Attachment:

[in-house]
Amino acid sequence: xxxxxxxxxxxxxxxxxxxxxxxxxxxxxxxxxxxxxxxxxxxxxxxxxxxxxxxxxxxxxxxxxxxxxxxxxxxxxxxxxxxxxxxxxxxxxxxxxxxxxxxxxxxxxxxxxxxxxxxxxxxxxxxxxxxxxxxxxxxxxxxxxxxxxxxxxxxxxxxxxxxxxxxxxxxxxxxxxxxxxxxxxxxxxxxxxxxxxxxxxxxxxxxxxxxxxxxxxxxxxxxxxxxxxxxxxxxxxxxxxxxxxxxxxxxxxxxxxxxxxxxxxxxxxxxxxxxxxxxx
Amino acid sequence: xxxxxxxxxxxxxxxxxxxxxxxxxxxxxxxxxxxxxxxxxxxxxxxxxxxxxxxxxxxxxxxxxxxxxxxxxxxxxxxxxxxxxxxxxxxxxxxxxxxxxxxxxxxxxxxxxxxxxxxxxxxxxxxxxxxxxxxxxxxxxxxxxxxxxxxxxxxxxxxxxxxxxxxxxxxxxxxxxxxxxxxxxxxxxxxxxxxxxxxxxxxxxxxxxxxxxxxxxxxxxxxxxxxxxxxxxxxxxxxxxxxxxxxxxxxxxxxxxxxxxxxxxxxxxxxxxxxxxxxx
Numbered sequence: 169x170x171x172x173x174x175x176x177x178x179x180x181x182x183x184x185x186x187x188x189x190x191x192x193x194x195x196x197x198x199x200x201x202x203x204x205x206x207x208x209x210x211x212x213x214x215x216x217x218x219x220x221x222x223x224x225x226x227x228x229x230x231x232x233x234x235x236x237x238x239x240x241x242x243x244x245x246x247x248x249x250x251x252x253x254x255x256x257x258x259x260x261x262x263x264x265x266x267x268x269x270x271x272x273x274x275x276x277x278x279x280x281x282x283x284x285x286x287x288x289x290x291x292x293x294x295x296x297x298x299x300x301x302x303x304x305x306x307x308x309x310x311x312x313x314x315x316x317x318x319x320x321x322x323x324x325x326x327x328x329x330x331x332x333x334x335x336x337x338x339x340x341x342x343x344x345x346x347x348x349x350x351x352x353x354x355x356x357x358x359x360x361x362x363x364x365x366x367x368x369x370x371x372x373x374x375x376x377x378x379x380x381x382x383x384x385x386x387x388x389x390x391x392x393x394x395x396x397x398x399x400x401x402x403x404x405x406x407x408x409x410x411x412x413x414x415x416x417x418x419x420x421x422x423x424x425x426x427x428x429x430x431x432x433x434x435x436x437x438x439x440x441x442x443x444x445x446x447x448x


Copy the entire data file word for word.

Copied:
[in-house]
Amino acid sequence: xxxxxxxxxxxxxxxxxxxxxxxxxxxxxxxxxxxxxxxxxxxxxxxxxxxxxxxxxxxxxxxxxxxxxxxxxxxxxxxxxxxxxxxxxxxxxxxxxxxxxxxxxxxxxxxxxxxxxxxxxxxxxxxxxxxxxxxxxxxxxxxxxxxxxxxxxxxxxxxxxxxxxxxxxxxxxxxxxxxxxxxxxxxxxxxxxxxxxxxxxxxxxxxxxxxxxxxxxxxxxxxxxxxxxxxxxxxxxxxxxxxxxxxxxxxxxxxxxxxxxxxxxxxxxxxxxxxxxxxx
Amino acid sequence: xxxxxxxxxxxxxxxxxxxxxxxxxxxxxxxxxxxxxxxxxxxxxxxxxxxxxxxxxxxxxxxxxxxxxxxxxxxxxxxxxxxxxxxxxxxxxxxxxxxxxxxxxxxxxxxxxxxxxxxxxxxxxxxxxxxxxxxxxxxxxxxxxxxxxxxxxxxxxxxxxxxxxxxxxxxxxxxxxxxxxxxxxxxxxxxxxxxxxxxxxxxxxxxxxxxxxxxxxxxxxxxxxxxxxxxxxxxxxxxxxxxxxxxxxxxxxxxxxxxxxxxxxxxxxxxxxxxxxxxx
Numbered sequence: 169x170x171x172x173x174x175x176x177x178x179x180x181x182x183x184x185x186x187x188x189x190x191x192x193x194x195x196x197x198x199x200x201x202x203x204x205x206x207x208x209x210x211x212x213x214x215x216x217x218x219x220x221x222x223x224x225x226x227x228x229x230x231x232x233x234x235x236x237x238x239x240x241x242x243x244x245x246x247x248x249x250x251x252x253x254x255x256x257x258x259x260x261x262x263x264x265x266x267x268x269x270x271x272x273x274x275x276x277x278x279x280x281x282x283x284x285x286x287x288x289x290x291x292x293x294x295x296x297x298x299x300x301x302x303x304x305x306x307x308x309x310x311x312x313x314x315x316x317x318x319x320x321x322x323x324x325x326x327x328x329x330x331x332x333x334x335x336x337x338x339x340x341x342x343x344x345x346x347x348x349x350x351x352x353x354x355x356x357x358x359x360x361x362x363x364x365x366x367x368x369x370x371x372x373x374x375x376x377x378x379x380x381x382x383x384x385x386x387x388x389x390x391x392x393x394x395x396x397x398x399x400x401x402x403x404x405x406x407x408x409x410x411x412x413x414x415x416x417x418x419x420x421x422x423x424x425x426x427x428x429x430x431x432x433x434x435x436x437x438x439x440x441x442x443x444x445x446x447x448x